Activity-Centric Computing Systems

In the August issue of the Communication of the ACM, our review of Activity-Centric Computing Systems was published [1]. This review covers a lot of research done by my research group over the years, as well as the works of others. The review was done in a systematic manner, trying to cover all the different kinds of research done in activity-centric computing over the years.

This review is useful – in my opinion – since it both provides an overall introduction to the concept of activity-centric computing as well as provide a historic and technological overview of the kind of research being addressed.

ACM also made a really nice video based on the paper, in which I try to explain the concept.

The goal of activity-centric computing is to replicate the multifaceted and complex nature of human activities in the real world in a computational representation. Activity-centric systems do not provide another application, service, or collaboration tool, but rather integrate existing tools across devices, people, services, and resources in a manner that reflects the real-world activity being done. The design challenge in activity-centric computing is to create activity representations that are simple, yet flexible enough to accommodate different levels of rigidity.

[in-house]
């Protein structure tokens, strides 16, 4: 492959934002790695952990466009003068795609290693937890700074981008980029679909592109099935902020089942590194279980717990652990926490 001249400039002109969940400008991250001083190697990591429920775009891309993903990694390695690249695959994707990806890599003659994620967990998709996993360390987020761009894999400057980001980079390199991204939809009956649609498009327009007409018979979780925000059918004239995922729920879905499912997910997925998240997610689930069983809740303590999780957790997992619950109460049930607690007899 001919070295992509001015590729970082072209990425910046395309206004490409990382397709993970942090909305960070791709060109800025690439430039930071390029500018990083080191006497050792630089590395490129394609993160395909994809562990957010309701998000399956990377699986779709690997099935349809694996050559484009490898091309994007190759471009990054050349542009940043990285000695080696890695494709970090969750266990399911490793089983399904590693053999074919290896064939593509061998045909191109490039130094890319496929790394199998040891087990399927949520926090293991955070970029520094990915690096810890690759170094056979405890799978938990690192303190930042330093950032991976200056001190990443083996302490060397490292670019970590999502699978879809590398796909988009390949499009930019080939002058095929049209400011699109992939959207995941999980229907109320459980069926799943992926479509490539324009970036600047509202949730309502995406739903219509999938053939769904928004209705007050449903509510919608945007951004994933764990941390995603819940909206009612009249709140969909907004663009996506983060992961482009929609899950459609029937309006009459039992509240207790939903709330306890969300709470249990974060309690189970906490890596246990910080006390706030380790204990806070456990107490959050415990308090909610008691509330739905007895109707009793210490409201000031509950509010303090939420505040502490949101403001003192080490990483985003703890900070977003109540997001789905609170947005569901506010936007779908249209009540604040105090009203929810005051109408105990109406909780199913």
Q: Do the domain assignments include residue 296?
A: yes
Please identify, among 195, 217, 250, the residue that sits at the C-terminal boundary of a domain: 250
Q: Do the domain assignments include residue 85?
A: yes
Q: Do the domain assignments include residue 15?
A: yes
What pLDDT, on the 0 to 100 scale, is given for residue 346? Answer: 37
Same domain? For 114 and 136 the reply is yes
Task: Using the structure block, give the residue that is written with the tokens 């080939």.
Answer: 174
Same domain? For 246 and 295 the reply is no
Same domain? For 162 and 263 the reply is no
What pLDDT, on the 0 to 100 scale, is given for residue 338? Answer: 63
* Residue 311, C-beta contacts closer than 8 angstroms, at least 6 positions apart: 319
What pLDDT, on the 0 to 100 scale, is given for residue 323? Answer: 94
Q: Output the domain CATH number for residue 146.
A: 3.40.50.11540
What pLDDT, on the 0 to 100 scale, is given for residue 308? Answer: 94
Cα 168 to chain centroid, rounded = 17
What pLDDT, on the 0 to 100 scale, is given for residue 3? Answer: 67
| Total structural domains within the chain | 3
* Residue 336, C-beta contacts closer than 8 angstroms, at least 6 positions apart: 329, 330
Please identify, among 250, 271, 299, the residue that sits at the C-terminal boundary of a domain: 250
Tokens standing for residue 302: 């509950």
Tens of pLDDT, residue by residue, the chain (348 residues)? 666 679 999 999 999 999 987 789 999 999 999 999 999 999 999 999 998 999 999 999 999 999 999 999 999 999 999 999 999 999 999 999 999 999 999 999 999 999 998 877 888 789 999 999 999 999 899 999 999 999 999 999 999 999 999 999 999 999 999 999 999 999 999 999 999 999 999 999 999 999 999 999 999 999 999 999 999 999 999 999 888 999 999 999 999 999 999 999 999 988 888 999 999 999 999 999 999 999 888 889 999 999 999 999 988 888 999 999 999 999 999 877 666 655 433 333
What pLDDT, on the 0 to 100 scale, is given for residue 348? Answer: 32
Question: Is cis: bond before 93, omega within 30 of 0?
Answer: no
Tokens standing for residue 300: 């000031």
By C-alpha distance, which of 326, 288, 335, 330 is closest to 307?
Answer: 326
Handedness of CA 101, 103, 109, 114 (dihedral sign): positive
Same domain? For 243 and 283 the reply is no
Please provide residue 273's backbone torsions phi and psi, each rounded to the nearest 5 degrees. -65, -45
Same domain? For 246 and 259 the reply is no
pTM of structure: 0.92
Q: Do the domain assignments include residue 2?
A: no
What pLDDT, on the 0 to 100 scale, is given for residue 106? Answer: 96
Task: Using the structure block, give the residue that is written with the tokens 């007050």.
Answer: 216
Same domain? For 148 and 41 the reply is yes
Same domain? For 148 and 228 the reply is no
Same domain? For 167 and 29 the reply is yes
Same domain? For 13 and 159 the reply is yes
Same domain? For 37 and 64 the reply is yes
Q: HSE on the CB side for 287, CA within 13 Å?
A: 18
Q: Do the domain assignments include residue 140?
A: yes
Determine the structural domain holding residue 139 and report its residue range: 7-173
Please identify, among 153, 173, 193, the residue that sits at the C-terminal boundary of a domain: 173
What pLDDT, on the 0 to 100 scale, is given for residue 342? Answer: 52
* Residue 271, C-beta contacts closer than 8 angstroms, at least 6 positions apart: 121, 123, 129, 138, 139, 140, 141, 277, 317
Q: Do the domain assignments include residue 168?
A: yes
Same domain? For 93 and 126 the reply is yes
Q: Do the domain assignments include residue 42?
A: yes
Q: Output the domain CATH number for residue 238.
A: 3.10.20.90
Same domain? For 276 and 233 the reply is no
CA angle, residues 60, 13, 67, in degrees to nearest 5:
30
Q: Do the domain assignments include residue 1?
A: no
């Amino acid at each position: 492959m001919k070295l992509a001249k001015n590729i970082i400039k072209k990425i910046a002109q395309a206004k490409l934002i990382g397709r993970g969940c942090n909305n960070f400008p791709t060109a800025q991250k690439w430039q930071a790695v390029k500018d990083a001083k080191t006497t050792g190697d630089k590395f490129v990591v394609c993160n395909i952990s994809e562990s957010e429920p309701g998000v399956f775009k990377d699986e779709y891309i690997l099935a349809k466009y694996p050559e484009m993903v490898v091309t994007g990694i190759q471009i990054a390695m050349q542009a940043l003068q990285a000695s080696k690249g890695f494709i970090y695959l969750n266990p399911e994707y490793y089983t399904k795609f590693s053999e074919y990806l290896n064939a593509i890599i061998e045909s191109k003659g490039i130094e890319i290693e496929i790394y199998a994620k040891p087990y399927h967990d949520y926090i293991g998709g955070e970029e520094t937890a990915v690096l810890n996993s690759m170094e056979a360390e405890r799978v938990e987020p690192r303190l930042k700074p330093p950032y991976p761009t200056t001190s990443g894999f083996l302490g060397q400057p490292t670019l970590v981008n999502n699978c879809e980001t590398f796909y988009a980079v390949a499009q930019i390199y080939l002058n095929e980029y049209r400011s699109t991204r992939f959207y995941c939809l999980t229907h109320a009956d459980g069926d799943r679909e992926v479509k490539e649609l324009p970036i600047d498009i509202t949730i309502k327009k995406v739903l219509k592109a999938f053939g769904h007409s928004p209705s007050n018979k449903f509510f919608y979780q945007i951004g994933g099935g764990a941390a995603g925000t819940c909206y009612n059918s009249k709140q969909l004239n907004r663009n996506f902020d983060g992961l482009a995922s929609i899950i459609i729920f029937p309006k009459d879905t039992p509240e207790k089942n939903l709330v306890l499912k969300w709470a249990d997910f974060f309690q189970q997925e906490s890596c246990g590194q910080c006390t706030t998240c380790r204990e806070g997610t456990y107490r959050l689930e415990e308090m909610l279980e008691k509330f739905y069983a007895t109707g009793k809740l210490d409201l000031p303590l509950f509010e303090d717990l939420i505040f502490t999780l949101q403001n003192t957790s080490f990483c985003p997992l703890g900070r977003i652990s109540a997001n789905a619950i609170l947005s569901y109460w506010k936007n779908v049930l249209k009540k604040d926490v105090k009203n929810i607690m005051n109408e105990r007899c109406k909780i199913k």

“A ‘computational activity’ – or just ‘activity’ – is a computerized representation of a real-world human activity. The purpose of the computational activity is to reflect the human activity and to provide access to resources relevant to its execution.” [1] p. 74

The systematic review uncovered 101 papers in peer-reviewed journals and conference proceedings, covering 68 unique activity-centric computing technologies. A complete list is available as supplementary material to the paper. We found that activity-centric computing has been used in many types of applications – information work, software engineering, biology, and clinical work – and many different types of technologies has been developed – device mangement, operating systems, distributed computing, file management, and user interface management software. A historical outline of the research done since the 1980s is shown in the figure below.


[1] [pdf] [doi] J. E. Bardram, S. Jeuris, P. Tell, S. Houben, and S. Voida, “Activity-centric Computing Systems,” Commun. ACM, vol. 62, iss. 8, p. 72–81, 2019.
author = {Bardram, Jakob E. and Jeuris, Steven and Tell, Paolo and Houben, Steven and Voida, Stephen},
title = {Activity-centric Computing Systems},
journal = {Commun. ACM},
issue_date = {August 2019},
volume = {62},
number = {8},
month = jul,
year = {2019},
issn = {0001-0782},
pages = {72--81},
numpages = {10},
url = {},
doi = {10.1145/3325901},
acmid = {3325901},
publisher = {ACM},
address = {New York, NY, USA},